You say your recorder needs a rest? There's help for sleepy instruments!
Regardless of historical accuracy, we are sympathetic to people who want to use a thumb or floor rest. Here are some practical solutions to making it easier to hold your recorder.
Thumbrests: Solutions for smaller instruments
For smaller instruments, there are clip-on, tape- or glue- on, and screw-on thumbrests. A clip-on thumbrest may mar the surface of a wooden recorder, though attaching moleskin or thin leather to the inside will help prevent damage.
There are plenty of easy options for wooden recorders!
Looped leather cord thumbrest: This comprises a length of thin leather thong tied to form a circle.  One end, looped back on itself, can be fitted over the recorder's foot.  The other end can be slipped over the player's right-hand thumb.  The length can be easily adjusted by shortening the loop. A thumb-sling has the merit of not marring the recorder. If you choose the color carefully it can be all but invisible to the audience - and it costs almost nothing.

Wine cork thumbrest: A quick solution is to fashion a thumbrest out of a wine cork contoured to match the curve of the center joint and install it using double-sided tape. A neat trick for shaping any type of thumbrest to match your center joint is to wrap sandpaper, grit side up, around your center and then rub your thumb rest along it until it matches the curve of the center. This will help the thumbrest adhere well.


Sculpey® clay thumbrest: Another solution is to make a thumbrest out of Sculpey®. If you're artistic, you can make it quite lovely! After shaping, the Sculpey® is baked in the oven to harden it and then glued or taped to the centerjoint.
Sculpey thumbrest

Wooden or metal thumbrests:
A more elegant solution is a wood or metal thumbrest. Locate the bottom of the thumbrest mid-way between the 4th and 5th holes. You can test the placement by securing the thumbrest with a rubber band until you're sure you've found the best position. There are even adjustable thumbrests.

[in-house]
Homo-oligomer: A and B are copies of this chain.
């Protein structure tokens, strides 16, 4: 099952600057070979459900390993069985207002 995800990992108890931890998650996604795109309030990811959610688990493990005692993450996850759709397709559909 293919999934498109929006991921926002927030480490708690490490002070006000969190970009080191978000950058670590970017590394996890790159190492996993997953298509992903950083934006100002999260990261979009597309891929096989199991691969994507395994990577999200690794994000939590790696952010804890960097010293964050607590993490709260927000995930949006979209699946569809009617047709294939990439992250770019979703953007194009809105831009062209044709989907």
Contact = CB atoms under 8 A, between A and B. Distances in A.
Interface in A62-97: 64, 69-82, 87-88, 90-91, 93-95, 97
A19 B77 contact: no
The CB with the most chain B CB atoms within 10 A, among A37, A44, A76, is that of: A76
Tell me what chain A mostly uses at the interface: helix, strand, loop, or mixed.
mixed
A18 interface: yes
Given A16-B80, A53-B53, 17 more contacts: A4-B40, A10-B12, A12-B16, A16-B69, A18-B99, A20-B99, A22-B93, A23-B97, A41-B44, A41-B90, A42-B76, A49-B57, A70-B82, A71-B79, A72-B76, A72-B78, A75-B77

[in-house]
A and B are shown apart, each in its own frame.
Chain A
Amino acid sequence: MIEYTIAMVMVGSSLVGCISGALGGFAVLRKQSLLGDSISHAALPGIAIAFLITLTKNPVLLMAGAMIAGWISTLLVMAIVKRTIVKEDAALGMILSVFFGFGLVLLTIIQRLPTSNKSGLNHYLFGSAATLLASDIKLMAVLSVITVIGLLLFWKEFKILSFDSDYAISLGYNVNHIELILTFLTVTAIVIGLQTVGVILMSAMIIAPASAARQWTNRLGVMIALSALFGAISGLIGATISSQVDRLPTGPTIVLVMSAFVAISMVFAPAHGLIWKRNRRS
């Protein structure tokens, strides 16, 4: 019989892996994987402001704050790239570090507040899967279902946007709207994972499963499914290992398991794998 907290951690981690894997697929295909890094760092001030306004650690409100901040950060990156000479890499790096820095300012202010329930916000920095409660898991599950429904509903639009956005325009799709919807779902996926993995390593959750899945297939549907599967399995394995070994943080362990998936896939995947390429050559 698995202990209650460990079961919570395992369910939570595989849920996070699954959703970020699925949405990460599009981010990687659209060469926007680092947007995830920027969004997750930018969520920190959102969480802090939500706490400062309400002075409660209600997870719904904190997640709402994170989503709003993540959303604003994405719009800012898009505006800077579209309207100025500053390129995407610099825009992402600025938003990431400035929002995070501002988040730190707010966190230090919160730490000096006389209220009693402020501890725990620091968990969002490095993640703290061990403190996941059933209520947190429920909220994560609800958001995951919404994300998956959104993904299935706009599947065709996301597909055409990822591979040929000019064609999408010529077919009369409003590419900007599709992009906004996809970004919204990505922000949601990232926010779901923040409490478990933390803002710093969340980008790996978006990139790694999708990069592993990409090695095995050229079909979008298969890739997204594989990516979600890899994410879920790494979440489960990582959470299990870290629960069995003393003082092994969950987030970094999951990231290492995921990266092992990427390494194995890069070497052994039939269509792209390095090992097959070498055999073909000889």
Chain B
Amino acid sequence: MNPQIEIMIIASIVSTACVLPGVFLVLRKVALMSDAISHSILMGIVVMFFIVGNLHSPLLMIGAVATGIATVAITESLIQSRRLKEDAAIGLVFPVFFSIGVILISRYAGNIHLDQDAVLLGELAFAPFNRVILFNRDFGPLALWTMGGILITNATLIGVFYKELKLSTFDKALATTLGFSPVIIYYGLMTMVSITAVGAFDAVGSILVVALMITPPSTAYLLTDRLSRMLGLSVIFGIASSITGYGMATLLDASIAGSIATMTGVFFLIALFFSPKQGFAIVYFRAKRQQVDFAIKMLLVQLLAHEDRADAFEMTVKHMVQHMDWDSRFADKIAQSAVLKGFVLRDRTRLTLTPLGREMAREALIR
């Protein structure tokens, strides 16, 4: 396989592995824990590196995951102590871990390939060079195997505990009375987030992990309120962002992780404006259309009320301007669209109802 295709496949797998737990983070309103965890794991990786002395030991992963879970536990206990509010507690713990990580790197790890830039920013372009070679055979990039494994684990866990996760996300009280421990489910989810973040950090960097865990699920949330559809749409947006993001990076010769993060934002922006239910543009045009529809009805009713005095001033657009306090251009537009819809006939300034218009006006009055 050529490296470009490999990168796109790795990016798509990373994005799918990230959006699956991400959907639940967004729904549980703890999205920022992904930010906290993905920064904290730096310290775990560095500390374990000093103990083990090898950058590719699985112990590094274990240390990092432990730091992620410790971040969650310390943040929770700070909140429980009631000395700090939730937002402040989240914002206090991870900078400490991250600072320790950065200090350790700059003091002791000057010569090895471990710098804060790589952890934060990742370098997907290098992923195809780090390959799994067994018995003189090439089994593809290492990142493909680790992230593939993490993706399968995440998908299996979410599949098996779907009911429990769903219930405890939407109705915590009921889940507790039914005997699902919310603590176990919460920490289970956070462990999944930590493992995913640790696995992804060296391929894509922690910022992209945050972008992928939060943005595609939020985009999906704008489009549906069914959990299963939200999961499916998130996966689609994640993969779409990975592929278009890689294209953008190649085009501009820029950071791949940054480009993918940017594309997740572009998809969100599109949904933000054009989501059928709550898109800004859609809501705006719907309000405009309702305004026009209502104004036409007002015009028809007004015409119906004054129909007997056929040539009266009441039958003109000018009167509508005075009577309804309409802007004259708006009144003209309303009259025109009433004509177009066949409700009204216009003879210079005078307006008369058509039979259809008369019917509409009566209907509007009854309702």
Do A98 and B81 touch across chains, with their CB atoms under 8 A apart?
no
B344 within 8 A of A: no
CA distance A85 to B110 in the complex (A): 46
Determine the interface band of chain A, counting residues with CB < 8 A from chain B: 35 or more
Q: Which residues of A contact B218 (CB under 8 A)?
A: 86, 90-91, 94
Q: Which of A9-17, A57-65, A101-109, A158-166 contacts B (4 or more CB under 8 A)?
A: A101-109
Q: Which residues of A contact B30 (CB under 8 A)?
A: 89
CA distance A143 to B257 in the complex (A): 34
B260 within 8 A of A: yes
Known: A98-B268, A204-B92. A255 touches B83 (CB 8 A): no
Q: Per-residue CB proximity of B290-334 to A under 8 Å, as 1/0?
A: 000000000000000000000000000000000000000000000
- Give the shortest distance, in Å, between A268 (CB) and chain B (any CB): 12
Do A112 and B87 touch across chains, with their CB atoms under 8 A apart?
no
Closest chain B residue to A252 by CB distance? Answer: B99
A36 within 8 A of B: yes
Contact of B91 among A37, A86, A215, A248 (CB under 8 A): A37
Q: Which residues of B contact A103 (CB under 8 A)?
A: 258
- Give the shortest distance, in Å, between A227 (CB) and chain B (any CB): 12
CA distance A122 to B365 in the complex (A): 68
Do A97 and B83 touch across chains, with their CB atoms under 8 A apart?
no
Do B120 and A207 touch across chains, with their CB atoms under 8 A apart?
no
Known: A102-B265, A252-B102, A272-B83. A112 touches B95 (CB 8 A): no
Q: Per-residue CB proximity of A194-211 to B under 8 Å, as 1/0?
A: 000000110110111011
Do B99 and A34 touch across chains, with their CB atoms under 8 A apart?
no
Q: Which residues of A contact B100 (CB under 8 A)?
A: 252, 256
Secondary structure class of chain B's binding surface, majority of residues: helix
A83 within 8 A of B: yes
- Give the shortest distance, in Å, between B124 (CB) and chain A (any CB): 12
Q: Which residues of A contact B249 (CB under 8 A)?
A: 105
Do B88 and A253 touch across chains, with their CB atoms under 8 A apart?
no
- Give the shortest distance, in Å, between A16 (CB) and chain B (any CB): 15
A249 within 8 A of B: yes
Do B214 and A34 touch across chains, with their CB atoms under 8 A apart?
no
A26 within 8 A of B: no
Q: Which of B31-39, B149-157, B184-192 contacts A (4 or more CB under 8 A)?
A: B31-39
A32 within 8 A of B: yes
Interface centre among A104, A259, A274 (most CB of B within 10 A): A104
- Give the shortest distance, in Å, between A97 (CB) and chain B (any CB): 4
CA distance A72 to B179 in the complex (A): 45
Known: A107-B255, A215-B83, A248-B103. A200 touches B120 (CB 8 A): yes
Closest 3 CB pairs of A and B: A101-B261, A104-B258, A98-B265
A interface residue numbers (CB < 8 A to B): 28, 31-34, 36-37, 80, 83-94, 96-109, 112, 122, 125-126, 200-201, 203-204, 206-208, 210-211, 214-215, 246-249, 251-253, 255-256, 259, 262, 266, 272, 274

How to attach your thumbrest:
Double sided tape: Use a quality, double sided tape, such as that made for hanging posters. The 3M heavy duty mounting tape is a good choice.
Epoxy: Five-minute epoxy creates a permanent bond, but should be reserved for metal thumbrests. This is because if you want to move the thumbrest at a later date, the epoxy bond can be broken by heating the thumbrest with a soldering iron. This obviously won't work for a wooden thumbrest.
Contact cement: Contact cement is applied both to the instrument and to the thumbrest, allowed to dry, and then the parts are pressed together. Some prefer this method because the thumbrest is secure on the instrument, but can be removed with no damage to the wood. To remove a thumb rest, use dental floss to gently "saw" the bond apart. Detailed instructions can be found:
Screws: Mark the screw hole positions with a sharp pencil after you're sure you've found
the best position for your metal thumbrest. Pre-drill each hole with a small bit, something smaller than the body of the screws you plan to use. Try to avoid drilling all the way through the wood, although it isn't damaging to the instrument if you do.
If you are playing on a plastic instrument, a clip-on thumbrest is an ideal solution for supporting the weight of your recorder.

Solutions for LARGER instruments!
Most bass recorders, and some tenor recorders, come with a screwed-in thumbrest with an eye hole for attaching a neck strap. There are plenty of sources for padded neck straps, so if yours isn't comfortable, find another one. Neck straps are specific to each instrument size, so choose the correct one.
rests: If a neck strap puts too much pressure on your neck when playing a larger instrument, try a floor peg, which attaches to the bottom of your bass with Velcro®. The adjustable peg allows you to customize the height of your bass to take the strain off your neck, thumb, or ankles.
The one pictured here was designed by former ARS Board member Neil Seeley.

Sit-upon solutions: Never underestimate the ingenuity of recorder players. You can make yourself a "seat strap" for supporting a larger recorder. Sit on the strap, and put a hook on the other end to attach to your recorder's foot. They're best used under a cushion but can work without. Materials include corrugated plastic display board, sturdy wire and plastic tubing to avoid marring the opening of the foot.

Sources for supplies:

Some suggestions for where you can find floor pegs, neck straps and thumbrests
Boulder Early Music Shop:
Courtly Music Unlimited:
Honeysuckle Music:
Lazar's Early Music:
Von Huene Workshop:
Photos courtesy of Lazar's Early Music, von Huene Workshop, Prescott Workshop, Anthony Morgan and Mollenhauer Recorders.
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